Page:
the Beacon Journal editorial board

Dan Horrigan did something last week that few would have expected from an Akron mayor. He applauded federal Judge John Adams. The mayor’s predecessor, Don Plusquellic, clashed repeatedly with the judge, in particular, over the lawsuit involving the overhaul of the city’s combined sewer system. Horrigan expressed his appreciation for the judge’s “due diligence” in approving changes to the consent decree negotiated among city, state and federal officials.

What a difference a change in administration, or tone and approach, can make.

The significance of the judge’s decision rests in the potential for advancing in other ways to adopt less expensive, green alternatives in meeting the necessary environmental requirements of the decree, including zero overflows of untreated wastewater into the Cuyahoga River. The change means the city will not have to build a parallel pipe in the Merriman Valley. The city will save a projected $30 million, foregoing such things as relocating utilities and disrupting further the Towpath Trail.

The idea is, this would be a first step, the city eventually reaching agreement with state and federal officials on a handful of similar adjustments, the judge giving his approval, the city saving perhaps as much as $200 million. That still would leave a total cost in excess $1 billion, yet such savings clearly rate as significant and welcome.

This green, or integrated, plan complements a second track in pursuing savings — more favorable financing. The city already has won a financial break from the state Environmental Protection Agency, a 30-year loan at minimal interest, saving $18.7 million.

State lawmakers have enacted financing mechanisms covering 45 years. Now the tools must be funded. For Mayor Horrigan, the extended time to pay for the project fits into his persuasive thinking that the entire cost should not fall on one generation, especially with successor generations benefiting from the improvements, starting with a more accessible Cuyahoga.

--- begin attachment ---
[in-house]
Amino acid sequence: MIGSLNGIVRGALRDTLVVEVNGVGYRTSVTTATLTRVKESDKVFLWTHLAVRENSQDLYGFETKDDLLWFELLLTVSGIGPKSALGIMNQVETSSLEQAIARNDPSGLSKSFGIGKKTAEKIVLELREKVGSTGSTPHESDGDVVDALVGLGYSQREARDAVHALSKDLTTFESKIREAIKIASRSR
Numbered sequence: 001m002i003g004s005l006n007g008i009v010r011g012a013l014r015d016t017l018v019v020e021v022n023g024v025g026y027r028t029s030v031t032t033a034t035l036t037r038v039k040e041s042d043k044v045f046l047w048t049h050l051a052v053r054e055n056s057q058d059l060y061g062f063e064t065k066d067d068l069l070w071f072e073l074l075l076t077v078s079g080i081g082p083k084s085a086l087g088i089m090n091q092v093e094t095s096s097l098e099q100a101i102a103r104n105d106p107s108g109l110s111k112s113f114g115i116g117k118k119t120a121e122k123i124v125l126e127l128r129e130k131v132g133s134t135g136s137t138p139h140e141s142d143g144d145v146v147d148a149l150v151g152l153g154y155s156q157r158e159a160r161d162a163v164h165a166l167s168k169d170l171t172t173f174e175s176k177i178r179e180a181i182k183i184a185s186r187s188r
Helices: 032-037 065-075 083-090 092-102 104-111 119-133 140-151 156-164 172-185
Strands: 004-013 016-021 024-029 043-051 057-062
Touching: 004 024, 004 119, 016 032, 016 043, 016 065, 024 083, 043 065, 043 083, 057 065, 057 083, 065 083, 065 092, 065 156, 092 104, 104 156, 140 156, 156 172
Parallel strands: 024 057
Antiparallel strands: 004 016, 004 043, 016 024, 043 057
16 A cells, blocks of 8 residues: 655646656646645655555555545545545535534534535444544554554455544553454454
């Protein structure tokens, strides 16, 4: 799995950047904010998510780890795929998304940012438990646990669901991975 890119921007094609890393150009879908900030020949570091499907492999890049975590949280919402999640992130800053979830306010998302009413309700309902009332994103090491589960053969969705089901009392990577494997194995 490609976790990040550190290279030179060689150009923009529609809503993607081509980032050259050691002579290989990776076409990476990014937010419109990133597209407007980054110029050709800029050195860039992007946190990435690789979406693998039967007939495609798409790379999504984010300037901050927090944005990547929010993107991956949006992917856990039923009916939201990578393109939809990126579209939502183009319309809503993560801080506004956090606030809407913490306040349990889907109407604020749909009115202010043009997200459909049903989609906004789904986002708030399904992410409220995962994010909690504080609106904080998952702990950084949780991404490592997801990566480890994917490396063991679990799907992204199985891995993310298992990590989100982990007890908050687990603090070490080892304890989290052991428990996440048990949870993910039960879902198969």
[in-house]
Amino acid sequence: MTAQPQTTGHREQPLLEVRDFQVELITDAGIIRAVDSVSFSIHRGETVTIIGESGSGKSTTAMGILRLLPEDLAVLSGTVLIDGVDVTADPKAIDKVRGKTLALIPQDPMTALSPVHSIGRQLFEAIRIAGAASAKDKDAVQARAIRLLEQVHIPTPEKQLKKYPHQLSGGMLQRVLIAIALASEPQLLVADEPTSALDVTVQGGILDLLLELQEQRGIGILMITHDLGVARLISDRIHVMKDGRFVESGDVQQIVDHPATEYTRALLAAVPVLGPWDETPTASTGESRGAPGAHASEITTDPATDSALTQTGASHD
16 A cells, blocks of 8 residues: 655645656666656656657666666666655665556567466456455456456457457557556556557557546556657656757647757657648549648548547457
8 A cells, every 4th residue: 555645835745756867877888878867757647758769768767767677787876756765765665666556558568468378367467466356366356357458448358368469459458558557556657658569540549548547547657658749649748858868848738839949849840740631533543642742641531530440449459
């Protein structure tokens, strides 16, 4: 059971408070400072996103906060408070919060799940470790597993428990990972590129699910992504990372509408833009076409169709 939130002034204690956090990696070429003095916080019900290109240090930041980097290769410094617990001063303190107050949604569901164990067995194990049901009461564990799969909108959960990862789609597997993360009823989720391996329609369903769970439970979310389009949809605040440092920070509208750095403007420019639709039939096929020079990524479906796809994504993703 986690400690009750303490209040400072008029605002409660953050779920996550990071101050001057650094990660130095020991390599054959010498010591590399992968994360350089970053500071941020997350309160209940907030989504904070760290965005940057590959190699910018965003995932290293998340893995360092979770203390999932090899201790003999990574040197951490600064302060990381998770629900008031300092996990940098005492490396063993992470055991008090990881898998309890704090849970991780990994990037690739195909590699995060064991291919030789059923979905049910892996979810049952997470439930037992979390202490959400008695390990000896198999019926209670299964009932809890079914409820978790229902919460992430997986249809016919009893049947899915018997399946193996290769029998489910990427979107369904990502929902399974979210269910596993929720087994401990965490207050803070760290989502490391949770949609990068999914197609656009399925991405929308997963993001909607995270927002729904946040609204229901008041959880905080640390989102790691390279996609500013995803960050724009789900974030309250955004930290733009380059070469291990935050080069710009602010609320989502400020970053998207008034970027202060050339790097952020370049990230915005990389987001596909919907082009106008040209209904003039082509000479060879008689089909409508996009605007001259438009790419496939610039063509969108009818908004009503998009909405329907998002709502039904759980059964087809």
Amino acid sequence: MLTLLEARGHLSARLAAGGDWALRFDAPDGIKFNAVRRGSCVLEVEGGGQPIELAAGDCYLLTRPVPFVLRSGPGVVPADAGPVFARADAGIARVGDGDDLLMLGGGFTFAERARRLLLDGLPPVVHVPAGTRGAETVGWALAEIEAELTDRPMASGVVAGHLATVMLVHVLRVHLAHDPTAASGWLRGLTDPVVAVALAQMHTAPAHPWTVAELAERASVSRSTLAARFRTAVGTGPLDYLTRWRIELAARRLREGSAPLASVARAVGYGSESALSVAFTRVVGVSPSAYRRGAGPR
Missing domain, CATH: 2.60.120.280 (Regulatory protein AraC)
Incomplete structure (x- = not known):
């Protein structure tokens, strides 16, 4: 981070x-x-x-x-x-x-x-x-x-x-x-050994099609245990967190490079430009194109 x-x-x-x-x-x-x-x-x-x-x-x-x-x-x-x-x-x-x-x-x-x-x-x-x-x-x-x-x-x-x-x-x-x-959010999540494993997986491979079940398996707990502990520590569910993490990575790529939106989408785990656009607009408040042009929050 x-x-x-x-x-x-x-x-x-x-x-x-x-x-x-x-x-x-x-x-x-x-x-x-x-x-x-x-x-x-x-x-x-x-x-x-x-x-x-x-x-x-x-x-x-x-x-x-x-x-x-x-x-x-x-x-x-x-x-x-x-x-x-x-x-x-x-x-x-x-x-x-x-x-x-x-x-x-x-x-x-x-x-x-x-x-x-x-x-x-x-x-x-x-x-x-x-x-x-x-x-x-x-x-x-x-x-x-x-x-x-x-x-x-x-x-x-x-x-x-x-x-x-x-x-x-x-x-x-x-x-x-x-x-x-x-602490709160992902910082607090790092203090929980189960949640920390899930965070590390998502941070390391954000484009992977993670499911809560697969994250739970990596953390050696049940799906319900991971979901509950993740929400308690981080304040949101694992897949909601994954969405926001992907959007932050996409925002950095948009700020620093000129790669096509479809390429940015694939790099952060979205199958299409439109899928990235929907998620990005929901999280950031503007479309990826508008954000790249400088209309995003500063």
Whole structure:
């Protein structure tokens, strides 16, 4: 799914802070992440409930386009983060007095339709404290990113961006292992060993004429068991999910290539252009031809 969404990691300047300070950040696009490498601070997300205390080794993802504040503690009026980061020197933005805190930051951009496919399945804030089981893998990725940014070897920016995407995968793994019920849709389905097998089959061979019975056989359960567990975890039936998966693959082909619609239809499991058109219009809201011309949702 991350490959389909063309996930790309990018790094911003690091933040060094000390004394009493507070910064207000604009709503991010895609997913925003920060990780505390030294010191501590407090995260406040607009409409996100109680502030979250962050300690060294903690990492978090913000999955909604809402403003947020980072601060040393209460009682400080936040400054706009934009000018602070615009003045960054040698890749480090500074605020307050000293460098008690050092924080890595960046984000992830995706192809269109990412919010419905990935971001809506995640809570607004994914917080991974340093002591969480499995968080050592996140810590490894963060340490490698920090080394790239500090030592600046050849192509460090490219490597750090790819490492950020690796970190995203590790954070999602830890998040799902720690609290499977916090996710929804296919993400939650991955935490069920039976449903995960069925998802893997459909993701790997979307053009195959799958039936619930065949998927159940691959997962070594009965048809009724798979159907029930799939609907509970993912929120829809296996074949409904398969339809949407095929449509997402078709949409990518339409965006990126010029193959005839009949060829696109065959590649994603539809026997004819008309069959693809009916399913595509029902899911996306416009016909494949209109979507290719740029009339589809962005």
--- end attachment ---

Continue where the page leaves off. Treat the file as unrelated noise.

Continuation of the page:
The federal government also has an opportunity to ease the financial burden. U.S. Sen. Sherrod Brown, an Ohio Democrat, has been pressing for years to see Washington make available additional funds for sewer works projects. The Senate just approved $1.8 billion in funding for the next five years. The measure awaits action in the House.

The amount, again, appears small in view of the task facing just Ohio cities. The federal government should provide more money and allow flexibility in financing. After all, Akron and others are seeking to meet its mandate.

Plain is that meeting the mandate is a good thing, the kind of investment in upgraded public works the country should be making, doing so in a manner sensitive to the environmental impact and the cost to ratepayers. Which is just what the city has achieved and Judge Adams now has approved.